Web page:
Prop 2 prohibits those under the age of 21 from using false identification to purchase marijuana. And it allows the retail sale of marijuana and marijuana edibles. If it passes, Karen Compton says its only a matter of time before the Cannabus rolls down her street.

” I live in Spenard, and you know, where are these retail outlets going to be? They’re going to be in Spenard! You know, my kid is going to have to walk down the street past them.”

 Spenard is the Anchorage neighborhood once notorious for booze, brothels and life on the edge, although gentrification has come slowly.  Now a yoga studio and an organic restaurant stand where a bar and dance hall were thirty years ago.A young man in a black hoodie lounges against a storefront. He’s got the stub of a cigarette still smoking in his fingers. He’s the first teen I spot.. so I stop and ask him

 ”What do you think of this marijuana initiative?”

He didn’t want to give his name, but he answered readily enough.

“Honestly, I’m not quite sure about it. The fact that, yeah, a lot of people up here do smoke marijuana. But, um, it’s honestly, it’s up to everybody else,  I have pretty much no say about it right now, due to the fact I’m not old enough to vote. But if I did, I’d have to say yes on it, because there’s so many medicinal uses for it. But, people who just go out to use it recreationally, I don’t think it should be legal like that, so..”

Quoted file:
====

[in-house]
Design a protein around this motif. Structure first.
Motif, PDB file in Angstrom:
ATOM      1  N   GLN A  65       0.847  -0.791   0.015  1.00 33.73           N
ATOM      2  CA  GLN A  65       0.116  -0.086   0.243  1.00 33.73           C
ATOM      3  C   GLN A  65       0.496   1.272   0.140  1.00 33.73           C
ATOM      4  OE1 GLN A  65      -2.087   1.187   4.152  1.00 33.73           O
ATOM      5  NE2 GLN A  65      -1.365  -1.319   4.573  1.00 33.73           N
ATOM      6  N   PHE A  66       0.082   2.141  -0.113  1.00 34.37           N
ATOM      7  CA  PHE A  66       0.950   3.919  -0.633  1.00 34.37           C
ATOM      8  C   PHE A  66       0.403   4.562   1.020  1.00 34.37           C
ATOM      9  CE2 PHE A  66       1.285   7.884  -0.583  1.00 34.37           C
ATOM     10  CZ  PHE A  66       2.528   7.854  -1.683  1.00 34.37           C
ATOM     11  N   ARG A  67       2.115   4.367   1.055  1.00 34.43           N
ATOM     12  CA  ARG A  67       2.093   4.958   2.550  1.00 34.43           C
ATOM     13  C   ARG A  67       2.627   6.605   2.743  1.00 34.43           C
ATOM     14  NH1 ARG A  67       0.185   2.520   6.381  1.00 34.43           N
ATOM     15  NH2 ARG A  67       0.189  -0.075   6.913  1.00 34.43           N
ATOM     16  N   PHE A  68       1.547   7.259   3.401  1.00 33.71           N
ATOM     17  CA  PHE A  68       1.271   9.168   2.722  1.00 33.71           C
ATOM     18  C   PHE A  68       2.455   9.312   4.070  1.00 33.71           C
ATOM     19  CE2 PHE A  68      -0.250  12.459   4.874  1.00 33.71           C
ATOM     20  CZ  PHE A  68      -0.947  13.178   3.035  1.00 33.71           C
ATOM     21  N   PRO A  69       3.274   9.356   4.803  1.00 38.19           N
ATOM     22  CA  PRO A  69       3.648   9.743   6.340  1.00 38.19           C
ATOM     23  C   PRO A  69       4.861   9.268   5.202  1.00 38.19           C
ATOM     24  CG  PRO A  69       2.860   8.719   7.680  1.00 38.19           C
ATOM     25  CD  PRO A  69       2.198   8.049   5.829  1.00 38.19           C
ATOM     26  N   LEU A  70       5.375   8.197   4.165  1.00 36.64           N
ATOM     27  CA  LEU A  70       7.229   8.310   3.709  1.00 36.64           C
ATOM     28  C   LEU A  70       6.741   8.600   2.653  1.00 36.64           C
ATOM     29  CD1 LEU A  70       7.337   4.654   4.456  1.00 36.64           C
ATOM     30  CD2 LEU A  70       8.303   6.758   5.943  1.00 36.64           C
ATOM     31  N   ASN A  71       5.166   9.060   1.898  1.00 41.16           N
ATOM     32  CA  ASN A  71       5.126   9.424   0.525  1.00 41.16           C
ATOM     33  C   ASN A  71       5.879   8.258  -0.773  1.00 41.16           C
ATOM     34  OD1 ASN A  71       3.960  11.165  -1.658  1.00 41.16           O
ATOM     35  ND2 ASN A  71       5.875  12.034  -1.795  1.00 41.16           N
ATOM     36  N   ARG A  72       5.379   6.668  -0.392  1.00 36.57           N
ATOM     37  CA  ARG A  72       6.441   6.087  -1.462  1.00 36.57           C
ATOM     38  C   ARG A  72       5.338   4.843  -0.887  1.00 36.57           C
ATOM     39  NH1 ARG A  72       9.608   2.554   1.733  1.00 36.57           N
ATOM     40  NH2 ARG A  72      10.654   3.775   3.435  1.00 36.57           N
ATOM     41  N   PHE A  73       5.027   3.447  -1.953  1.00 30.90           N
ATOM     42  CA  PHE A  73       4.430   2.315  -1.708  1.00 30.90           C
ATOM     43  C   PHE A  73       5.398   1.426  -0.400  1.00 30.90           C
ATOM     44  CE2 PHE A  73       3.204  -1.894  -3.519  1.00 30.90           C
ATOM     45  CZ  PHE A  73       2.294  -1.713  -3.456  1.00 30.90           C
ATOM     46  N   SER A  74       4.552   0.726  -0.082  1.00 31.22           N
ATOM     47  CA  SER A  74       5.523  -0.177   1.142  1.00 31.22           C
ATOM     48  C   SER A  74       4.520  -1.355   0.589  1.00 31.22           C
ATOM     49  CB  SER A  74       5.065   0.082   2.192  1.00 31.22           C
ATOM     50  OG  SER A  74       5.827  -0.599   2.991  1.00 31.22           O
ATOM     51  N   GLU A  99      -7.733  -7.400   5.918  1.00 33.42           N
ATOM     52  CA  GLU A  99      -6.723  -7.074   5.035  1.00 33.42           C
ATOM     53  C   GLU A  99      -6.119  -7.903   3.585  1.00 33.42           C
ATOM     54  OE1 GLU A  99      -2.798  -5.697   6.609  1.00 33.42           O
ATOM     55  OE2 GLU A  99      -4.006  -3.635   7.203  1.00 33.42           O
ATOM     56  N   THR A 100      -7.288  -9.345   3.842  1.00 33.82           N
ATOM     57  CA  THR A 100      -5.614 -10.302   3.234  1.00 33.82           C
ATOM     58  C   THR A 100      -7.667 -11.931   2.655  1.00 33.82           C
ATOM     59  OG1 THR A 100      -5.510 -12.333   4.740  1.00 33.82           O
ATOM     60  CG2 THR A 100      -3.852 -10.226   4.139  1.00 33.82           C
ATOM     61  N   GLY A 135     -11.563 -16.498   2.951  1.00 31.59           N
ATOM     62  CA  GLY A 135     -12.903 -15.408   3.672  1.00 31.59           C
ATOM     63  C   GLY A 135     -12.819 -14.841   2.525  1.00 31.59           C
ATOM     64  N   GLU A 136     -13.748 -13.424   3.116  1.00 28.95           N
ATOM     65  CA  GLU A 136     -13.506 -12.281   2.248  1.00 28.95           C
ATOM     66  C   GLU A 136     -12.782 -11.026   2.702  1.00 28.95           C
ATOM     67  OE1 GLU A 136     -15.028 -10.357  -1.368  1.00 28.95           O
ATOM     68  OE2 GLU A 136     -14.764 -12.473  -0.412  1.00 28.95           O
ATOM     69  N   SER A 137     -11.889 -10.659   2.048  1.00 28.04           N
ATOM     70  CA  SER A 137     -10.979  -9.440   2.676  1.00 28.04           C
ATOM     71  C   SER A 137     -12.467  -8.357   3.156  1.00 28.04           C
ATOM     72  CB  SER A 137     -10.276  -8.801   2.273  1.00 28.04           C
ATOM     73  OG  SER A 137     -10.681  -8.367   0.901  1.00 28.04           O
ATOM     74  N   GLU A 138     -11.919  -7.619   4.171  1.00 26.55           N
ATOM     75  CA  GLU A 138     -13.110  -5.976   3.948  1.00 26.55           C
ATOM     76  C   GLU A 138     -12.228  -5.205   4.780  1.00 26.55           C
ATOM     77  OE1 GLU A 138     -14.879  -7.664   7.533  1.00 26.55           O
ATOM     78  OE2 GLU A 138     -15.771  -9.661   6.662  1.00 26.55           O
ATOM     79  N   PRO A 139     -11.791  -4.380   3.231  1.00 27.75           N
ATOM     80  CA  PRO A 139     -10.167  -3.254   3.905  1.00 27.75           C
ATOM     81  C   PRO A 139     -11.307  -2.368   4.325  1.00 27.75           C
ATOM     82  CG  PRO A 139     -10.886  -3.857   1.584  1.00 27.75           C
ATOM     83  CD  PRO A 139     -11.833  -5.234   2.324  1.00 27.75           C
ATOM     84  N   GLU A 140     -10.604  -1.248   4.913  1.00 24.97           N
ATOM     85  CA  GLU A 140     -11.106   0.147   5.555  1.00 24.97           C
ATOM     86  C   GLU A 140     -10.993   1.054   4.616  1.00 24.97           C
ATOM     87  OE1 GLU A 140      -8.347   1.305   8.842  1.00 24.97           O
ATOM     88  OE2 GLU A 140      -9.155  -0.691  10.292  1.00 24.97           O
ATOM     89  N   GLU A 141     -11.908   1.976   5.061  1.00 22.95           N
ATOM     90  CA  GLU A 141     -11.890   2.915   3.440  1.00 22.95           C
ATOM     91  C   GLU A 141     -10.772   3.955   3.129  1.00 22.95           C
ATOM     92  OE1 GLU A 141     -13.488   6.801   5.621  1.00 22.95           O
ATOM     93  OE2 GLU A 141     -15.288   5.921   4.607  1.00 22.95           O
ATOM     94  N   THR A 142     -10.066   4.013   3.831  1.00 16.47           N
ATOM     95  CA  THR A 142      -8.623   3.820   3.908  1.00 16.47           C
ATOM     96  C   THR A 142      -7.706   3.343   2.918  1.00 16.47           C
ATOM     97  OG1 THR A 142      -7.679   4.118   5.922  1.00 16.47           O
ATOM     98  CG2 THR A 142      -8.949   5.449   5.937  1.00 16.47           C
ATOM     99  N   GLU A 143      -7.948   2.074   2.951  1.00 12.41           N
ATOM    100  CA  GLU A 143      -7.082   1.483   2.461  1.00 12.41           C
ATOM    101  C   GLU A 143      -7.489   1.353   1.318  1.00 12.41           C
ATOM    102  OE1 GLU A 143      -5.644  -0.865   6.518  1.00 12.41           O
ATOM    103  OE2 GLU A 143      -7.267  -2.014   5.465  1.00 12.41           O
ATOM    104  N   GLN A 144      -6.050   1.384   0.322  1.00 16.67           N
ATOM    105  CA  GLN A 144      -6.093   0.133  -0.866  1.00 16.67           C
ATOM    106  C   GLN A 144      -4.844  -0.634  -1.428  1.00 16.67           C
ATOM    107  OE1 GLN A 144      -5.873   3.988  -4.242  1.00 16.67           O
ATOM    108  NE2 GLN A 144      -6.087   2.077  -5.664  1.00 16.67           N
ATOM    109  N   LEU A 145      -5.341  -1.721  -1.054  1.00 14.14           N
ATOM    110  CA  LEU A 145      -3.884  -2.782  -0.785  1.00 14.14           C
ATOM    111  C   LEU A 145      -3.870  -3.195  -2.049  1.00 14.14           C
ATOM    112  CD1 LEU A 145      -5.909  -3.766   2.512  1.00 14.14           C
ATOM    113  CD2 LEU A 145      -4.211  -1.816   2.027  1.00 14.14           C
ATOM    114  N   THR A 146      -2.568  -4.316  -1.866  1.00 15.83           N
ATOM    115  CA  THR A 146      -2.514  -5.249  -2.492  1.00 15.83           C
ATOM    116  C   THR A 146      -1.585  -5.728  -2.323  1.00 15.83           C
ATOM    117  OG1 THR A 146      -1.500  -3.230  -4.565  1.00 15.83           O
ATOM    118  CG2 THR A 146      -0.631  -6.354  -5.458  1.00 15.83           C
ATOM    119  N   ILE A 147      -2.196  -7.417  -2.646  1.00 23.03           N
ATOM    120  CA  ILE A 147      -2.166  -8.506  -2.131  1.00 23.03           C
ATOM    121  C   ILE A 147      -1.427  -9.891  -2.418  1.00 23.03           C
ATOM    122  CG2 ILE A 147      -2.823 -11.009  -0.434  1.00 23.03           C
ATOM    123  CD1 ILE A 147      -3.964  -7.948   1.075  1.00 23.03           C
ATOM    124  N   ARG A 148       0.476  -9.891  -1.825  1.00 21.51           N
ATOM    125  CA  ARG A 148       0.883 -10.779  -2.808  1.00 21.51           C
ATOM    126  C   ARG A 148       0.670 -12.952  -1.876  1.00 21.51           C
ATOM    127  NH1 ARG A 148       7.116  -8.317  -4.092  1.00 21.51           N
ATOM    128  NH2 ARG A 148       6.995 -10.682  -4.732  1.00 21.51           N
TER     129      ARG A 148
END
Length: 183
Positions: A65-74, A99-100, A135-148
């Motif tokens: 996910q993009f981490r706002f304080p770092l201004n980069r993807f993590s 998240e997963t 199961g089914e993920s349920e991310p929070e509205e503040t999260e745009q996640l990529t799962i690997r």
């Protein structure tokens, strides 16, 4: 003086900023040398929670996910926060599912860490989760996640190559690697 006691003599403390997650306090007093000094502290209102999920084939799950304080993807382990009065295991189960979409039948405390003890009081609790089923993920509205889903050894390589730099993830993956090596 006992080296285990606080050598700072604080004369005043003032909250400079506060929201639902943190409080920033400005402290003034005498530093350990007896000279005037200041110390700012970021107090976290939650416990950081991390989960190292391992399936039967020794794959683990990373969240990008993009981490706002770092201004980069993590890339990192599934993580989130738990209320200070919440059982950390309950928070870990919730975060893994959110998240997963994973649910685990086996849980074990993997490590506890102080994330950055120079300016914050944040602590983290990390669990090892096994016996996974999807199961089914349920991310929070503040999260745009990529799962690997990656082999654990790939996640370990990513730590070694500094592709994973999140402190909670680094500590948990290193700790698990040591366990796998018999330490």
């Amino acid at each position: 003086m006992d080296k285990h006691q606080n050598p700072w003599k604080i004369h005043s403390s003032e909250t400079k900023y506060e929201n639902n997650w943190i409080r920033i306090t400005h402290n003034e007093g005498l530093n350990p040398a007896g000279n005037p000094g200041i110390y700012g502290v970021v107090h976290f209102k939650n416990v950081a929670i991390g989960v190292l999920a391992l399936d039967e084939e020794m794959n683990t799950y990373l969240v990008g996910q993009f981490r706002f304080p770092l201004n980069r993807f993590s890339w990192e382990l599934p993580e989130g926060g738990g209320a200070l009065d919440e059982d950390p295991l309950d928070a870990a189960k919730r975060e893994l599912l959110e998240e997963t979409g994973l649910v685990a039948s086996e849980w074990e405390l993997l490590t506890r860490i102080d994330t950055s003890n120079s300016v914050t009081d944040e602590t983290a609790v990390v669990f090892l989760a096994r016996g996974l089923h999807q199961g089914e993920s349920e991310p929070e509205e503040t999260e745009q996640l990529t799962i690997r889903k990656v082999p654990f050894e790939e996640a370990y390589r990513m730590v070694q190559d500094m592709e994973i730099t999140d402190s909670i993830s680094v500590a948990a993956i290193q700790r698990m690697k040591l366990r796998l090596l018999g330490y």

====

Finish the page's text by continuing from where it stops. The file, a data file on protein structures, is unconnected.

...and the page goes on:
“Have you ever used it recreationally?” “No, ma’am” “Do you know people who do?” ” Yes, ma’am.” “Is it easy to get?” ” It is.”

I tell him, “It’s not like this dark alley thing, I’ve been told a lot of people, you know their family gives it to them.”

” Yeah, pretty much. It’s that easy up in Anchorage. It’s one of those things that shouldn’t be that easy, but..”]

If Prop 2 passes, how would it  shape the future world of Bridger and the unnamed teen in Spenard?

Prop 2 support group Yes on 2, Regulate Marijuana Like Alcohol, has released a statement claiming that the state could raise 72.5 million dollars in taxes in the first five years after Prop 2 goes into effect. The tax would be $50 on an ounce of marijuana sold.